My research mainly focuses on applying and developing machine learning approaches (CNN, RNN, GNN, Transformer, etc.) and protein language models to address biomedical problems, especially in (1) RNA virus and infectious diseases, e.g., mutation and variant identification, viral antigenicity and virulence prediction; (2) rare disease study, e.g., variant pathogenicity prediction and gene prioritization; (3) cancer study, e.g., miRNA-mRNA target identification in colorectal cancer patients and renal tumor classification, (4) Alzheimer’s disease and related dementias (AD/ADRD), e.g., computational drug repurposing for AD/ADRD; and (5) Health equity, e.g., identify social determinants of health that impact healthy aging people.


Abdel A. Alli, PhD, MPH

Associate Professor Department of Medicine Division of Nephrology, Hypertension, and Renal transplantation; Department of Physiology and Aging, Department of Pediatrics

Research interest: Our research interests include: 1) investigating the role of extracellular vesicles in the pathophysiology of hypertension, diabetic kidney disease, cystic fibrosis, and cardiovascular disease 2) investigating the role of proteases, adaptor proteins, and lipids in the regulation of epithelial transport mechanisms in the pathogenesis of disease including various kidney associated diseases.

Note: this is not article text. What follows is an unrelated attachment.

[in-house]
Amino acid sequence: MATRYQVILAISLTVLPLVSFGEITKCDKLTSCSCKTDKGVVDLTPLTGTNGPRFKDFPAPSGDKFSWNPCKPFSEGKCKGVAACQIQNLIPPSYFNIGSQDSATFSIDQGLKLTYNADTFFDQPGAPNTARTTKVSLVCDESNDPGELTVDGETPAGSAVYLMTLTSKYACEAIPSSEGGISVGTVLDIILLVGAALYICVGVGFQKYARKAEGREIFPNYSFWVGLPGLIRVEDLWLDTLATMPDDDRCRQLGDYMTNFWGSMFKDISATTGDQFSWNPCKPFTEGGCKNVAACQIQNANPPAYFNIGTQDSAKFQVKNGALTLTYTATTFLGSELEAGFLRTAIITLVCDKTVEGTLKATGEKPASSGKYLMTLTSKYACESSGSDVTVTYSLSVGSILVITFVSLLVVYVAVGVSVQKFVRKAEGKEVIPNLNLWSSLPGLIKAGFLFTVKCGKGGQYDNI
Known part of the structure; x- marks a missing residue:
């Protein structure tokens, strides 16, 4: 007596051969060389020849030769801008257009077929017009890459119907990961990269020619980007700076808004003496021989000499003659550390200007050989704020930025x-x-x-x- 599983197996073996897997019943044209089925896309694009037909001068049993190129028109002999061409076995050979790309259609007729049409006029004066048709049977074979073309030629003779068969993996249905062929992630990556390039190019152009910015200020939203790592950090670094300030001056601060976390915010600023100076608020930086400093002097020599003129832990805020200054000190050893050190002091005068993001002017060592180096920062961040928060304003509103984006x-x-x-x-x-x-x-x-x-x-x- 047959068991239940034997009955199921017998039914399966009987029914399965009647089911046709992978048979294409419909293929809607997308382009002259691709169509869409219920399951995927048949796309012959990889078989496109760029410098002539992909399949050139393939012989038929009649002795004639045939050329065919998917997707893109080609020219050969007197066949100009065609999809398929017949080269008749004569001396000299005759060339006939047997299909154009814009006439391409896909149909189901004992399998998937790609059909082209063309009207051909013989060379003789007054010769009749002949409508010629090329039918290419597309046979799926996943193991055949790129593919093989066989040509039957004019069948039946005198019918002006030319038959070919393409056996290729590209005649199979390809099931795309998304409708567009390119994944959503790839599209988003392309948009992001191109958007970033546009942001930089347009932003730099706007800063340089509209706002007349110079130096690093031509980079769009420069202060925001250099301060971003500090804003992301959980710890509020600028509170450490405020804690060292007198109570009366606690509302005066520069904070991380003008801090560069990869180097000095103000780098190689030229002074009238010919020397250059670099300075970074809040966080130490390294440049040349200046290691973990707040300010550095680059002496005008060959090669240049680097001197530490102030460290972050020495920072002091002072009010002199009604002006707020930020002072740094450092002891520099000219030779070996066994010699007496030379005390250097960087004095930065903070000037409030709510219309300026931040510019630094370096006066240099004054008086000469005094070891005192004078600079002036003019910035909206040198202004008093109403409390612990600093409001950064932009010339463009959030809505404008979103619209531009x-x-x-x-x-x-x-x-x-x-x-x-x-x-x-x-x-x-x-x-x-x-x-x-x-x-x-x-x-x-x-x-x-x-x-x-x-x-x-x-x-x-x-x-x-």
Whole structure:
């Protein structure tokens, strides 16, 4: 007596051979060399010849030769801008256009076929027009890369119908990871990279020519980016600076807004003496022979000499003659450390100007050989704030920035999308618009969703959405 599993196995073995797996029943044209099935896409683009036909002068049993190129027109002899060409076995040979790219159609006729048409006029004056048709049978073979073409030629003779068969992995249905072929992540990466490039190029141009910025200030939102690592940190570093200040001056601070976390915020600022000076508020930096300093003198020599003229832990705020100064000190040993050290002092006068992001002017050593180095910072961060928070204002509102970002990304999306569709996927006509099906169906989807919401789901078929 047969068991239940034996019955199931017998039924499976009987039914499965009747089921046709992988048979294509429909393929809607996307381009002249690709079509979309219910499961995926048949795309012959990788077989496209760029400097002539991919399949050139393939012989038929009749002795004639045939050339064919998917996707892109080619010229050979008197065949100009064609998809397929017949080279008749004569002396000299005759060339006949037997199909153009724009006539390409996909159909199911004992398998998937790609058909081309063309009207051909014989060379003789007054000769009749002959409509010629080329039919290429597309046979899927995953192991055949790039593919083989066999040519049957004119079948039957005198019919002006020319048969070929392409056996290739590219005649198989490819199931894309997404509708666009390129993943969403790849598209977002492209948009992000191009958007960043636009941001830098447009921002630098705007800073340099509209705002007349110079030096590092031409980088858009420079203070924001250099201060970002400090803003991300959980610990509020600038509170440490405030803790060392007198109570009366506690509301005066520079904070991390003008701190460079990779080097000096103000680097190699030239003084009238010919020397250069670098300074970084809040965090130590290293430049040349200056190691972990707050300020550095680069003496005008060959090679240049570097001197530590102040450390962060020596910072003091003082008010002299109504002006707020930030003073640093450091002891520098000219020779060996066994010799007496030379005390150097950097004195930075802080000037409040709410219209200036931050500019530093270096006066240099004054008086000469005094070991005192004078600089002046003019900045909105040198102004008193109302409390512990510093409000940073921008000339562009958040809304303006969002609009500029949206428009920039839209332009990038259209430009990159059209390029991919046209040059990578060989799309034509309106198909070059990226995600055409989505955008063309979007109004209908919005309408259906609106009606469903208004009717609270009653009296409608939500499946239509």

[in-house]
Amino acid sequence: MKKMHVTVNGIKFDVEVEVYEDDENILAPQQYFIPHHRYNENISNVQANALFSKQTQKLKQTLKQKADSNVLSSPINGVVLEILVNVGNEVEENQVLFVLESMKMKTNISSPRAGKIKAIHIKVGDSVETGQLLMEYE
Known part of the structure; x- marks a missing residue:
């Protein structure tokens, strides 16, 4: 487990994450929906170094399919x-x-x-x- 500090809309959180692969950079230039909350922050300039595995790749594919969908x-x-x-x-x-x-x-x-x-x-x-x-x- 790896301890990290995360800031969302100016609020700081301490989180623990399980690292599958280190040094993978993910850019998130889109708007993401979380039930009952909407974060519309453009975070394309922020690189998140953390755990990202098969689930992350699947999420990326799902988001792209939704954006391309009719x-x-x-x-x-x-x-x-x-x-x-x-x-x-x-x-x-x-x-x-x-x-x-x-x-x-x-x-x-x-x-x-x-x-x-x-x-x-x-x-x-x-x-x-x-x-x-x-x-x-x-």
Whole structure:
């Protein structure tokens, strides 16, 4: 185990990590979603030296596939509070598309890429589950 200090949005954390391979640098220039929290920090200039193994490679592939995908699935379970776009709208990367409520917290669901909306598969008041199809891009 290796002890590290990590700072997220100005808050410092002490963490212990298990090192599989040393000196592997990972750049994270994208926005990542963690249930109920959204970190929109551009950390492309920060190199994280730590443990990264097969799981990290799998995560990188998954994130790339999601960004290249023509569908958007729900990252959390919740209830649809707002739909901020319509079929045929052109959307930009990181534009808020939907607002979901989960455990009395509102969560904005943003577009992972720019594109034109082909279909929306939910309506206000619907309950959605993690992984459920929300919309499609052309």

Dorina Avram, M.D.

Professor of Medicine

Dorina Avram’s research interest is in immune regulation, mostly at mucosal sites. Her work has an important impact in the control of autoimmune diseases such as multiple sclerosis and inflammatory bowel disease, as well as in airway inflammation. 

Norman Beatty, M.D.

Department of Medicine, Division of Infectious Diseases and Global Medicine

  • Email